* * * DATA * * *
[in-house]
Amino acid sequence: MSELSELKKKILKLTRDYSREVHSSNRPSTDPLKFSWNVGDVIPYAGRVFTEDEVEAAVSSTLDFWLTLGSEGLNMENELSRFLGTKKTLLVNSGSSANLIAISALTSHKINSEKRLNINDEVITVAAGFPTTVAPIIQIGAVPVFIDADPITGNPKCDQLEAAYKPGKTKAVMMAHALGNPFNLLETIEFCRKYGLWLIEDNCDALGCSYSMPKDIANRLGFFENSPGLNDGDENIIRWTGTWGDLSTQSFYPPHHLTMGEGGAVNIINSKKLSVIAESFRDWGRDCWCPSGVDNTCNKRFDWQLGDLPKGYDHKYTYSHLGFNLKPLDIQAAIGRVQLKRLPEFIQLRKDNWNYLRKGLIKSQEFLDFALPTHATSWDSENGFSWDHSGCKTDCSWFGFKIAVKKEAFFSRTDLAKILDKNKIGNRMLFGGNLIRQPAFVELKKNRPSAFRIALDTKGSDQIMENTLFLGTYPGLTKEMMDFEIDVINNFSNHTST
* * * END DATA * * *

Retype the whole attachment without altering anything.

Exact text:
[in-house]
Amino acid sequence: MSELSELKKKILKLTRDYSREVHSSNRPSTDPLKFSWNVGDVIPYAGRVFTEDEVEAAVSSTLDFWLTLGSEGLNMENELSRFLGTKKTLLVNSGSSANLIAISALTSHKINSEKRLNINDEVITVAAGFPTTVAPIIQIGAVPVFIDADPITGNPKCDQLEAAYKPGKTKAVMMAHALGNPFNLLETIEFCRKYGLWLIEDNCDALGCSYSMPKDIANRLGFFENSPGLNDGDENIIRWTGTWGDLSTQSFYPPHHLTMGEGGAVNIINSKKLSVIAESFRDWGRDCWCPSGVDNTCNKRFDWQLGDLPKGYDHKYTYSHLGFNLKPLDIQAAIGRVQLKRLPEFIQLRKDNWNYLRKGLIKSQEFLDFALPTHATSWDSENGFSWDHSGCKTDCSWFGFKIAVKKEAFFSRTDLAKILDKNKIGNRMLFGGNLIRQPAFVELKKNRPSAFRIALDTKGSDQIMENTLFLGTYPGLTKEMMDFEIDVINNFSNHTST